May 2011 Diesel Use Suggests Economy Was Slowing (or Not)

Using the Ceridian-UCLA Pulse of Commerce Index™ (PCI) for its published purposes, economic activity fell in May 2011.  The press release stated the PCI:

….fell 0.9 percent on a seasonally and workday adjusted basis in May, after falling 0.5 percent in April. The index has now declined in four of the first five months of 2011, and in eight of the past twelve months. It is clear that the economy is idling, and growth remains a struggle.

On a year over year basis, the PCI was flat in May. This was disappointing in that it ended a string of seventeen straight months of year over year improvement in the index. One glimmer of good news is that May of last year was the strongest month of 2010, and this month’s result nearly cleared that hurdle. Nevertheless, the PCI showed no growth, and this is another indication that the economy is stuck in neutral.

The May result reinforces our long-held cautious outlook for below consensus growth in GDP, and suggests that GDP growth will be less than 2 percent for the second quarter.

The PCI is modeled using Ceridian’s diesel distribution network to forecast economic growth – primarily Industrial Production and GDP.  Econintersect extracts the unadjusted (not modeled) diesel index for its economic model.  Graphically, the unadjusted data has a slightly different feel.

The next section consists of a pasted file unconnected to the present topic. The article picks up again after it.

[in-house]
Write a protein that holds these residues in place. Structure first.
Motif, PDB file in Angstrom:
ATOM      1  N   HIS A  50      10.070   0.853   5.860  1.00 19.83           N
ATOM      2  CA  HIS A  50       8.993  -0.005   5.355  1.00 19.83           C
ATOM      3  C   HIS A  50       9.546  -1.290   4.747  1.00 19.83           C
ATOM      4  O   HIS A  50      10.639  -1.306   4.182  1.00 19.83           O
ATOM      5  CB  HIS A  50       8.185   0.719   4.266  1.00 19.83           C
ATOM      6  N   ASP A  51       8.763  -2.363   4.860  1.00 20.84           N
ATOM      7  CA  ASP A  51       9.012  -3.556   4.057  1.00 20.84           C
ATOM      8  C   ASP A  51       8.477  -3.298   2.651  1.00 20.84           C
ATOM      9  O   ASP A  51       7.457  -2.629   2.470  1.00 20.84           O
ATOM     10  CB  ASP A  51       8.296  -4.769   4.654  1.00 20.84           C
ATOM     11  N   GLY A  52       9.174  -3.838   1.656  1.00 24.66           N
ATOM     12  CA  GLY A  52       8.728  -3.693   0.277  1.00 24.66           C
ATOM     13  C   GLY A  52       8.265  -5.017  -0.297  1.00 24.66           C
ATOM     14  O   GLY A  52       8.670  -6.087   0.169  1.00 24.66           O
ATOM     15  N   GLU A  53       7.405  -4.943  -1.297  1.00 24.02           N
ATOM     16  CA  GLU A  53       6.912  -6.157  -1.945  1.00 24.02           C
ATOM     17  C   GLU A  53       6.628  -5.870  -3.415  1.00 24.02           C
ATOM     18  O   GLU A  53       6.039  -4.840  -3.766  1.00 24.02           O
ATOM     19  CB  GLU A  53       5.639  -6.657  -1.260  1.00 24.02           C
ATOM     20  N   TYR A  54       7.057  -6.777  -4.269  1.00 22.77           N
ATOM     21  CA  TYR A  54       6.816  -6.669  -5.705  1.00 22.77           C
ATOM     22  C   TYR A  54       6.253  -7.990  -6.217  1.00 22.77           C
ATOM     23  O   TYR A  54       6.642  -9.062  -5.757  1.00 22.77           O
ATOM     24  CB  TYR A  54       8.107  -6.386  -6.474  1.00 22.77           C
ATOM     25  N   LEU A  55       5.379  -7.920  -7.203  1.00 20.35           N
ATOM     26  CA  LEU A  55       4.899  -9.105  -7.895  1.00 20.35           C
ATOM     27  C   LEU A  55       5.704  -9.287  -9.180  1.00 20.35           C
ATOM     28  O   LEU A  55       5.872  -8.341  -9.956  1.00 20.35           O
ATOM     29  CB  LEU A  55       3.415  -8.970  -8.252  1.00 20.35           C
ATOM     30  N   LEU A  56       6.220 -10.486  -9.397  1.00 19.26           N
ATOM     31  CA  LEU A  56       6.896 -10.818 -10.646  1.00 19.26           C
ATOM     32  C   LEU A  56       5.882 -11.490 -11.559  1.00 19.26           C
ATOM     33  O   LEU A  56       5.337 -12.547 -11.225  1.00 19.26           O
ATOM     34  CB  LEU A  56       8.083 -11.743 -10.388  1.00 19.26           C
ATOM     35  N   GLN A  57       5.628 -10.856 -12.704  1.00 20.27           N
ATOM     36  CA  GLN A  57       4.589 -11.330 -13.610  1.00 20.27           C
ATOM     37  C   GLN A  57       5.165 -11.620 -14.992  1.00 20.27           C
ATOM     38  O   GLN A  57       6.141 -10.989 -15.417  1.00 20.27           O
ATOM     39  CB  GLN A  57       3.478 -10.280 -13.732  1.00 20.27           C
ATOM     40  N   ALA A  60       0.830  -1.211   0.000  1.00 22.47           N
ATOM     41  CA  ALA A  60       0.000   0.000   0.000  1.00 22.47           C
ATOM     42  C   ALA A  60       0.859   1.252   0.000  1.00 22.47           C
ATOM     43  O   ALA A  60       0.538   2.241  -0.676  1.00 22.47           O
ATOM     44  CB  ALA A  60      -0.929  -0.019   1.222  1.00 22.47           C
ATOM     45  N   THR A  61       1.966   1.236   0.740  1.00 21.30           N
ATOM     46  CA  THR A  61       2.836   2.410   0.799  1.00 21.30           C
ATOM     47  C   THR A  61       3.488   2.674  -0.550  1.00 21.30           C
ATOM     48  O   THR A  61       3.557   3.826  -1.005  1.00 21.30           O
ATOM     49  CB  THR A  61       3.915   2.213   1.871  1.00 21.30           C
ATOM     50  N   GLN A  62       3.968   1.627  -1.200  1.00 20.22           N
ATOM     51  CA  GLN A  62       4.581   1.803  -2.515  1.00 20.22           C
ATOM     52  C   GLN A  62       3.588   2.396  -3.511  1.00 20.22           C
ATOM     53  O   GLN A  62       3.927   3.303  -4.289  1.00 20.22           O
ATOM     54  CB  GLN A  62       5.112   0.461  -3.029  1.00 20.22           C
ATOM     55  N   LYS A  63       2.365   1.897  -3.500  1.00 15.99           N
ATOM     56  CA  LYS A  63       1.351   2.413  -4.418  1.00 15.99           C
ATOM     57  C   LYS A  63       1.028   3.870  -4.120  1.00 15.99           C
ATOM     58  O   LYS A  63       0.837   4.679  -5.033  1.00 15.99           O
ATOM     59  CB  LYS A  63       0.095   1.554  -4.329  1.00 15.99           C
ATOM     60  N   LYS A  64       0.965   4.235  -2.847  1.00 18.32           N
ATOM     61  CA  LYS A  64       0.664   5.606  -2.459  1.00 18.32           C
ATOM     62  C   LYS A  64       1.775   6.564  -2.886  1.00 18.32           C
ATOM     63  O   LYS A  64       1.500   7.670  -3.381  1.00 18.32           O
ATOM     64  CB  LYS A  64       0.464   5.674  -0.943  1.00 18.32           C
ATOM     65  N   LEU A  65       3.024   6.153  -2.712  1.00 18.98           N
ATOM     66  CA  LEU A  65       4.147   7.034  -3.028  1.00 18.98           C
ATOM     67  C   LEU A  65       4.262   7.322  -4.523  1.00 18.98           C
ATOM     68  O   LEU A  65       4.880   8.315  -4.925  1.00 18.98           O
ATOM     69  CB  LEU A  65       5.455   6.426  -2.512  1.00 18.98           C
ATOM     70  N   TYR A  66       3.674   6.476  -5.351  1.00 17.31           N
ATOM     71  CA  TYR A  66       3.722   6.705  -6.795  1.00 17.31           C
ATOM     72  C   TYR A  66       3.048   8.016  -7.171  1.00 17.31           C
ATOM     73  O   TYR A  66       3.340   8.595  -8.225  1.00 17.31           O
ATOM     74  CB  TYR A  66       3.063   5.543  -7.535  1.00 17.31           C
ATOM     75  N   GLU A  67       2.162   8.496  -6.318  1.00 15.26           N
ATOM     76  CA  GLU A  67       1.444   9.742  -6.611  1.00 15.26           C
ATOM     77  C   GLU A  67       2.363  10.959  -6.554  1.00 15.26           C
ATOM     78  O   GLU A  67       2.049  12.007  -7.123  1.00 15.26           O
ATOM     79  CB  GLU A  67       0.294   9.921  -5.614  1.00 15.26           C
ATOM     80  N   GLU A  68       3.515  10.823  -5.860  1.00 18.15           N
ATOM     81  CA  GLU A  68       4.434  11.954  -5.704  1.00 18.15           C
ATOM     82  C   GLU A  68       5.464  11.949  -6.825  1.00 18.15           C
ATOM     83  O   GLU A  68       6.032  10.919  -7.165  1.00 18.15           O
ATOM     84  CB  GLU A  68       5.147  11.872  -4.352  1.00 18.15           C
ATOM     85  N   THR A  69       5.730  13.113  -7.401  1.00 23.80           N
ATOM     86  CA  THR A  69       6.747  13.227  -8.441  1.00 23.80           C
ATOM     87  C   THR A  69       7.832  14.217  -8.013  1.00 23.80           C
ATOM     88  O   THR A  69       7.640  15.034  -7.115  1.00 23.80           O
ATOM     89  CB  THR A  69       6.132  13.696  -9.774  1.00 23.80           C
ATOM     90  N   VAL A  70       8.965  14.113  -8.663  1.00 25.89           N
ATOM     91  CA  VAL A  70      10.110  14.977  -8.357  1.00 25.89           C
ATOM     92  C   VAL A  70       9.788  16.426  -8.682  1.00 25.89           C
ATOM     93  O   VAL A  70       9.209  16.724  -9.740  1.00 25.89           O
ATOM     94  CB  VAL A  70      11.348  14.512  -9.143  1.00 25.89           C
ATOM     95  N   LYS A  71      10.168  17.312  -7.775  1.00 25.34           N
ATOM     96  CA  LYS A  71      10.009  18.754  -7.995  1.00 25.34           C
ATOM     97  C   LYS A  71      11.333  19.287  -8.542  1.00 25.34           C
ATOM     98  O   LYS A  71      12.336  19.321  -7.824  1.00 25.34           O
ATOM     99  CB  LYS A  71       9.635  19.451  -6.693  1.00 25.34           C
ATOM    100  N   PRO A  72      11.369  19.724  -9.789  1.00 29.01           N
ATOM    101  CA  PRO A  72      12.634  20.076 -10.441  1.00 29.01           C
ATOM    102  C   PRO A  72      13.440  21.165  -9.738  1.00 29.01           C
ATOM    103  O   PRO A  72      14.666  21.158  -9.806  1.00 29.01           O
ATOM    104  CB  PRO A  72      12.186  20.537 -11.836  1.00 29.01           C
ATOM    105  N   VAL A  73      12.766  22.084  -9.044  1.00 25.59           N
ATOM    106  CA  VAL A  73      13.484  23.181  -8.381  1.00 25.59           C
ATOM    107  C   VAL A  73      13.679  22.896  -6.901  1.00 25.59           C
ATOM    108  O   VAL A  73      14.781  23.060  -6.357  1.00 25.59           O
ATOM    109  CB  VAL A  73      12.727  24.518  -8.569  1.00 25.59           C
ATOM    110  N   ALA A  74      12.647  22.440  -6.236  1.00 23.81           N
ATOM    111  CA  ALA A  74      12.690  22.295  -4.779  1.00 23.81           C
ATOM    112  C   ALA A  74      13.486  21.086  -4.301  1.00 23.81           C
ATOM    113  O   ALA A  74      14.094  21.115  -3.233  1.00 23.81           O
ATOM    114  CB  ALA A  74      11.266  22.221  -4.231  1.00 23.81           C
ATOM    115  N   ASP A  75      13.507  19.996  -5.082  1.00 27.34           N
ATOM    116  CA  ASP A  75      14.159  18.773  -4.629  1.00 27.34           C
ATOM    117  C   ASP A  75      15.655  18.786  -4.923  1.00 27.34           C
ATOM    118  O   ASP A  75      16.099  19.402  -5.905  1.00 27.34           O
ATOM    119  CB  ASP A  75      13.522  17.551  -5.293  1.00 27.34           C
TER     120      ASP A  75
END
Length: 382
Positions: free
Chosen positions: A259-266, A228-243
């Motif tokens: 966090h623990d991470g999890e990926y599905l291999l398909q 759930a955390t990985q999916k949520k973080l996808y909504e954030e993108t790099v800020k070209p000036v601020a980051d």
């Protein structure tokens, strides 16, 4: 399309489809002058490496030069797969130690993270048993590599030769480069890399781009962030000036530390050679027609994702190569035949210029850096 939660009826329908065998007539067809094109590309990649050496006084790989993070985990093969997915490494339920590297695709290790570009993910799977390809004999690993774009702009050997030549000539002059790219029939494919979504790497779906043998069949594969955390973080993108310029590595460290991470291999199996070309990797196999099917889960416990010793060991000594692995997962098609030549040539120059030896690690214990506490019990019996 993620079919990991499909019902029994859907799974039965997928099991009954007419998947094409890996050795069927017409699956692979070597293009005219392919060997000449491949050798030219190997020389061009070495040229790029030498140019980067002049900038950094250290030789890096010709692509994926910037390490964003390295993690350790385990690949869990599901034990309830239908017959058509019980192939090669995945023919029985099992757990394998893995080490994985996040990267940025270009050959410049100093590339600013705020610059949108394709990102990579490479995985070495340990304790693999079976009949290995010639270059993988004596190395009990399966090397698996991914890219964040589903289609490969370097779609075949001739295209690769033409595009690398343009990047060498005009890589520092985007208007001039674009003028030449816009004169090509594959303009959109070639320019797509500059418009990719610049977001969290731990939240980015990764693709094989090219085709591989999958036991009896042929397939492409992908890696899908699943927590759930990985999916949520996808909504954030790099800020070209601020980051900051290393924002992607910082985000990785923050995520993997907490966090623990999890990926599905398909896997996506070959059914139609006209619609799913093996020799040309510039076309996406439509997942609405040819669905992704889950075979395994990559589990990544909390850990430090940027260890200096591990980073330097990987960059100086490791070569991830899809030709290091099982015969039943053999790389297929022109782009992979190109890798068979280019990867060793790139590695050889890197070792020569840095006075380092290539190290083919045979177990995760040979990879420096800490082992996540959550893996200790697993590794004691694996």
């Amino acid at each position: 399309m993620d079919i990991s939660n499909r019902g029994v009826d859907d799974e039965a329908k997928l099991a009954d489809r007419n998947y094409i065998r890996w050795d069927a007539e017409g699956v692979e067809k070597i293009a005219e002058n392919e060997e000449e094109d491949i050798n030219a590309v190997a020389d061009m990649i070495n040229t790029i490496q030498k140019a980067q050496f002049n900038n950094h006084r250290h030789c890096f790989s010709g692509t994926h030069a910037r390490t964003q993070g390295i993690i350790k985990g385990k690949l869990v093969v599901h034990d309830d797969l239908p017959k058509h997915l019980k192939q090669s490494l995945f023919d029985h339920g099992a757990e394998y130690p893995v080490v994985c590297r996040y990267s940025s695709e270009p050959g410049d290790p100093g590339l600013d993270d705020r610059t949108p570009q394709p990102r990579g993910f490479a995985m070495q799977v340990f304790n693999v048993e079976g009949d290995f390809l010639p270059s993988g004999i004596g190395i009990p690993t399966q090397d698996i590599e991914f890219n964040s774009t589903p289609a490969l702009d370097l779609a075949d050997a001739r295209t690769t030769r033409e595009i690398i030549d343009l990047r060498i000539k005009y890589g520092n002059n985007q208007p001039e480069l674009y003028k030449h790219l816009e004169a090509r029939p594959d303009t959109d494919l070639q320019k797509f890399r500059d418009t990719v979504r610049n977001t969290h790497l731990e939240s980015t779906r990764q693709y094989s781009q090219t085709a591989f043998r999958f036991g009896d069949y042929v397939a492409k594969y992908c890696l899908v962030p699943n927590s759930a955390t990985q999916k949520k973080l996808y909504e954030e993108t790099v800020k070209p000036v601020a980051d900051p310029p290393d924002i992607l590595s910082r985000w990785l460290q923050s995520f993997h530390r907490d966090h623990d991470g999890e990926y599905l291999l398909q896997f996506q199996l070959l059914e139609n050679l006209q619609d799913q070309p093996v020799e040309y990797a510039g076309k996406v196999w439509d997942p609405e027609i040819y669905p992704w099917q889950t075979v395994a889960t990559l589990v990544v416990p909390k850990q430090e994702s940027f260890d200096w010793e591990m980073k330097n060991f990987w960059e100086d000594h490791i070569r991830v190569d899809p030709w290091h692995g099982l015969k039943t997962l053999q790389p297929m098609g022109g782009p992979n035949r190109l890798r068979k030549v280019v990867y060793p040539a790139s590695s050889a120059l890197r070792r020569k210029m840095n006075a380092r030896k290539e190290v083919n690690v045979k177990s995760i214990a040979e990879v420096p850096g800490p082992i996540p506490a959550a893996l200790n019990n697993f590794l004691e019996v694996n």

The unadjusted data YoY data for May actually improved when compared to the April YoY data.  If this was the sole economic data Econintersect used to model the economy, it would be saying the USA economy may have improved marginally.  However, using one data set to create a model is dangerous as a drop in on-road diesel use could be offset by increased use of railroads or barges.  Our comment last month:

Econintersect suggests that using its railroad traffic analysis, that a tipping point has been reached on use of railroads versus trucking – particularly railroad intermodal transport which is up 9% YoY in April 2011.  All intermodal movements could be either on rail or by truck.  The diesel [cost] increases could be simply making on road trucking uncompetitive.

Econintersect’s alternate view of the data should in no way diminish UCLA Anderson School of Management’s view.   UCLA has honed their model using nuances in sub-data sets which are not released publicly.   Econintersect uses this publicly distributed data set with other data sets to create its forecast.

Related Articles:

Container Imports & Exports Grow in April 2011 by Steven Hansen

Railroad Data Suggests No Economic Growth in May 2011 by Steven Hansen

Trucking Tonnage Less Good in April 2011 by GEI News